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Georgia Tech Football: There Are Five Fingers - 2014 Was Our Peak and That’s Alright

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Will we ever do better than we did in 2014? No. Is that a bad thing? Also no.

Capital One Orange Bowl - Mississippi State v Georgia Tech Photo by Marc Serota/Getty Images

“It was a bright cold day in [May]. And the clocks were striking [Opinion Week].”

We all remember 2014. Synjyn Days routinely knocking defenders on the ground. Zach Laskey falling forward for two yards. Justin Thomas shaking the life out of Mississippi State. An “opportunistic defense” stealing turnovers left and right. Owning the SEC. But here’s the thing: the best year under Paul Johnson will always be just that: the single best. We will never eclipse it. We will never finish better. And that’s fine.

First, some ground rules. What do I mean by “finish better”? I would consider a better season to be one with more wins (12+) and/or a Playoff berth. That probably wouldn’t happen without an ACC Championship, so let’s throw that in there too. With that in mind, let’s get started.

“Tragedy, he perceived, belonged to the ancient time, to a time when there were still [hope], [hubris], and [spinzoning], and when the [fans] of a [football team] stood by one another without needing to know the reason.”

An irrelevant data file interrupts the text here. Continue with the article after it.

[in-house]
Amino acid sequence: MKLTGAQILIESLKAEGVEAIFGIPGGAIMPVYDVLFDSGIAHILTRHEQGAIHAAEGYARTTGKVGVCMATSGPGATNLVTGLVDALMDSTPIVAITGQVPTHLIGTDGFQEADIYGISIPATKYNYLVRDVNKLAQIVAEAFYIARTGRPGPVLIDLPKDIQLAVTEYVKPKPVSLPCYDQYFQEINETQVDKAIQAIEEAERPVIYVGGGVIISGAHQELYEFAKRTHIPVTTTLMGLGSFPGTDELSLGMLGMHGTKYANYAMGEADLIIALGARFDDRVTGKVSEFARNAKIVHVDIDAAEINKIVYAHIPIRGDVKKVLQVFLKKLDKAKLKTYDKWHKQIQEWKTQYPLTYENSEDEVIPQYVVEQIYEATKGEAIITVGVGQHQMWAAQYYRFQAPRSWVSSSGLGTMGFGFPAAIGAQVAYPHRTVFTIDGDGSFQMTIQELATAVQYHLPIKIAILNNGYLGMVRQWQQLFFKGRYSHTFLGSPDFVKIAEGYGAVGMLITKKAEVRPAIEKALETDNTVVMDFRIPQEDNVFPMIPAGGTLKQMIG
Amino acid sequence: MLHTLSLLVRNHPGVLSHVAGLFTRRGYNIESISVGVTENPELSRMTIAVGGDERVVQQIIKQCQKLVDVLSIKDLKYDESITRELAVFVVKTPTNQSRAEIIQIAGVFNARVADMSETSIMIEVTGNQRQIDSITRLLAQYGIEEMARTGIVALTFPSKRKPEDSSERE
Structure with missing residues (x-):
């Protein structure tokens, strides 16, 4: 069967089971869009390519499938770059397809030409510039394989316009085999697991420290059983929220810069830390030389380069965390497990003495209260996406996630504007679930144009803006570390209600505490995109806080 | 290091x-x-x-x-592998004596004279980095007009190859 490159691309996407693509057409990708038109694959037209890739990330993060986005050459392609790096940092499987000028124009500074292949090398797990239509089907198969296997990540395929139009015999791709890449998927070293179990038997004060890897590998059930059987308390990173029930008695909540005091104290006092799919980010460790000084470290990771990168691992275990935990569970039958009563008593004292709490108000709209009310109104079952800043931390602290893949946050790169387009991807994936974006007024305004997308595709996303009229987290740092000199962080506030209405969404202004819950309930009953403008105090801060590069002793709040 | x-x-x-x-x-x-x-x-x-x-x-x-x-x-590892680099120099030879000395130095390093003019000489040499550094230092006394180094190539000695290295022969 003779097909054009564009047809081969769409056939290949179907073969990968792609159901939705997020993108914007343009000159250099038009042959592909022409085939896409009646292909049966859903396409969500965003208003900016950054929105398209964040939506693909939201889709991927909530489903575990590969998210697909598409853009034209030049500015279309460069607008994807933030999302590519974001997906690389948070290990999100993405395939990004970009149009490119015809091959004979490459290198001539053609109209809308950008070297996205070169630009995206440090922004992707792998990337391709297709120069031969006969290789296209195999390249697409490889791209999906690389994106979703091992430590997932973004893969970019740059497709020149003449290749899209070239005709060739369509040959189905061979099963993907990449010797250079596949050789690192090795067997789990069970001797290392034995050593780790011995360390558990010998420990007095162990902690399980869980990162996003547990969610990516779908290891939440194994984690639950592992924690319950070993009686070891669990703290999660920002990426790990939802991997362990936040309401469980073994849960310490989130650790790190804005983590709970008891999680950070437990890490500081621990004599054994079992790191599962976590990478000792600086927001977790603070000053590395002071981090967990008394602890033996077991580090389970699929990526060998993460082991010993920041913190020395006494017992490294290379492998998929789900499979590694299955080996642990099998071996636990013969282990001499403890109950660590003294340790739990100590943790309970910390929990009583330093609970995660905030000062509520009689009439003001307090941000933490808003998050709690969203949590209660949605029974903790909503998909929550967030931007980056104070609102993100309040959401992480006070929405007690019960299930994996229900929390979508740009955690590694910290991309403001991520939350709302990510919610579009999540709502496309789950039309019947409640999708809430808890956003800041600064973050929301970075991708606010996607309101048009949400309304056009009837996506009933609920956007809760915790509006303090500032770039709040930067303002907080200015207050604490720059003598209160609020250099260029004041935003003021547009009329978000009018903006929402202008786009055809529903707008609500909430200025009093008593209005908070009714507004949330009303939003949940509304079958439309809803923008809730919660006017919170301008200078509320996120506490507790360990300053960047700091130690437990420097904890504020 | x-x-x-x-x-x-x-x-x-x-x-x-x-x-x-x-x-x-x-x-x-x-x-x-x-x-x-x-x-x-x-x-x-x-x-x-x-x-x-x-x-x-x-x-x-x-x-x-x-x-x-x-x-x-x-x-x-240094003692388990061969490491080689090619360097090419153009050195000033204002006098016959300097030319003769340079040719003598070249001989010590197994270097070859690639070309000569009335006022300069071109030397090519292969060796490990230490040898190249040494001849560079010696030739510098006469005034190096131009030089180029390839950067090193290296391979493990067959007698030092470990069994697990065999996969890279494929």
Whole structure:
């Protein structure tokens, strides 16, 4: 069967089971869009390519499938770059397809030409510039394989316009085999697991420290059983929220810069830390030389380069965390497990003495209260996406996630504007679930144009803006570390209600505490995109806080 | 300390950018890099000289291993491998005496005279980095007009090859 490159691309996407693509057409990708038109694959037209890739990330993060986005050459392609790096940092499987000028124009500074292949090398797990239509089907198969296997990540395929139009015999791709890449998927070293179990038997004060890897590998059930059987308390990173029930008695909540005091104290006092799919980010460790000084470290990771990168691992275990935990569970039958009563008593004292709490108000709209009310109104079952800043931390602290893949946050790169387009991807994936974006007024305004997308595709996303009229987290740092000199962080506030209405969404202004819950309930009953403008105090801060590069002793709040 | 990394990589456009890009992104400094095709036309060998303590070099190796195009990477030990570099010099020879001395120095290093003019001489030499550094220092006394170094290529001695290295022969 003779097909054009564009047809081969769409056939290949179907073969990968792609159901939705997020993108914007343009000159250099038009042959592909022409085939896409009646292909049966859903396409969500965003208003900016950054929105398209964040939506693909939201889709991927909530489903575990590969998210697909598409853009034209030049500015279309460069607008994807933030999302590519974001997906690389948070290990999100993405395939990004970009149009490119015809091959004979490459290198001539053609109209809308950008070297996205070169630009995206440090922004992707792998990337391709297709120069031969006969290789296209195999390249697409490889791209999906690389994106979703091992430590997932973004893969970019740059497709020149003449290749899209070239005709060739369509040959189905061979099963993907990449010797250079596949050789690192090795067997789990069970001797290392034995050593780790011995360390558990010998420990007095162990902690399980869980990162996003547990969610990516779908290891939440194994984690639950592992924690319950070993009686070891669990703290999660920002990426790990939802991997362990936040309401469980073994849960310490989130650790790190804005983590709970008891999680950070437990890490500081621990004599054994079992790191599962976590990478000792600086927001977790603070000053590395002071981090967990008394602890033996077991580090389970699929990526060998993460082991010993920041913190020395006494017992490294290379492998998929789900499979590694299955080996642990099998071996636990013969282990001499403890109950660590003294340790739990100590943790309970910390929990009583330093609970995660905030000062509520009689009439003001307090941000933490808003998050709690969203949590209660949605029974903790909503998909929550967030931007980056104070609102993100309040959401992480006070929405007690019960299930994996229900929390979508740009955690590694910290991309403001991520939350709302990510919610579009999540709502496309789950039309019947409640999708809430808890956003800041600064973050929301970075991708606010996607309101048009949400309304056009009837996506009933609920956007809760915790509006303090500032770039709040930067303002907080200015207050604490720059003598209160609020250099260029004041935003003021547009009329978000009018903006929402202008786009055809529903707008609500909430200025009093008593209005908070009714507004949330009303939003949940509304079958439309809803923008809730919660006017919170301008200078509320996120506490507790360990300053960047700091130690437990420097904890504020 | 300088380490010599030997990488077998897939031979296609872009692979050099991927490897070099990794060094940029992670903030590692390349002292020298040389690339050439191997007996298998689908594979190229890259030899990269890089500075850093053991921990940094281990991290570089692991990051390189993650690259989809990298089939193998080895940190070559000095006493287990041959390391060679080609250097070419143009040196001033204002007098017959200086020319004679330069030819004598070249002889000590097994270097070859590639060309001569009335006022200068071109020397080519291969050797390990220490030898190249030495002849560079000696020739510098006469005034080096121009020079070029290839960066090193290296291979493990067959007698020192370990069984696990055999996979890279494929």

The tragedy and curse of fandom is hope. We all begin seasons anew with the hope and anticipation of what might become of our beloved team. Will this be the year? Will we beat our rivals? Will we win all of our home games? Will we be ranked? You build up confidence that this will be the year. That you will beat your rivals. And then you don’t. Why was 2015 so painful? Because of 2014. Because 2014 gave us hope. Because we thought we could be better. The bane of a college football fan’s existence is the little voice inside your head telling you that your team can get better. That your team will make it. In 2015 I listened to that voice and suffered for it.